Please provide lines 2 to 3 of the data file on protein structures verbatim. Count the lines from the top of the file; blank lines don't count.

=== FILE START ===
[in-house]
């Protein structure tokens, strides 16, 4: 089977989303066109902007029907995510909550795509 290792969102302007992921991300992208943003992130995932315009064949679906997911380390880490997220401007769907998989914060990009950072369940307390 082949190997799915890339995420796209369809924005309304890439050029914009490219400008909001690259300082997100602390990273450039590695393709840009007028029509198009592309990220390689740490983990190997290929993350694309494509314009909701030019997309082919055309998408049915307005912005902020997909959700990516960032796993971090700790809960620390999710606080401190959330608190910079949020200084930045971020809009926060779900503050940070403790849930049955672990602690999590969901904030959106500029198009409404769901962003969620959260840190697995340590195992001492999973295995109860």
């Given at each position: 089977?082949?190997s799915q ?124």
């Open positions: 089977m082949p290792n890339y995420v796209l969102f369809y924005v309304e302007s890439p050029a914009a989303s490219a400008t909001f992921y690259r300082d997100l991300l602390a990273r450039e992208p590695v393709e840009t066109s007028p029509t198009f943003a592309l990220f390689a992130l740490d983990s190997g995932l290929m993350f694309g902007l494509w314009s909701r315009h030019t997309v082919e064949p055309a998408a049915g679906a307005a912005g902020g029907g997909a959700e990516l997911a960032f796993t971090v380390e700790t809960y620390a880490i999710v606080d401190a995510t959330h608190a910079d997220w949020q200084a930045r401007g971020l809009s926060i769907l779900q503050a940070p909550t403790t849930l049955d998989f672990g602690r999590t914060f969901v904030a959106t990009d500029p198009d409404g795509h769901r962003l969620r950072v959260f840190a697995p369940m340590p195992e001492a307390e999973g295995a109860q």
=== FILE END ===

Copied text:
């Protein structure tokens, strides 16, 4: 089977989303066109902007029907995510909550795509 290792969102302007992921991300992208943003992130995932315009064949679906997911380390880490997220401007769907998989914060990009950072369940307390 082949190997799915890339995420796209369809924005309304890439050029914009490219400008909001690259300082997100602390990273450039590695393709840009007028029509198009592309990220390689740490983990190997290929993350694309494509314009909701030019997309082919055309998408049915307005912005902020997909959700990516960032796993971090700790809960620390999710606080401190959330608190910079949020200084930045971020809009926060779900503050940070403790849930049955672990602690999590969901904030959106500029198009409404769901962003969620959260840190697995340590195992001492999973295995109860």
């Given at each position: 089977?082949?190997s799915q ?124």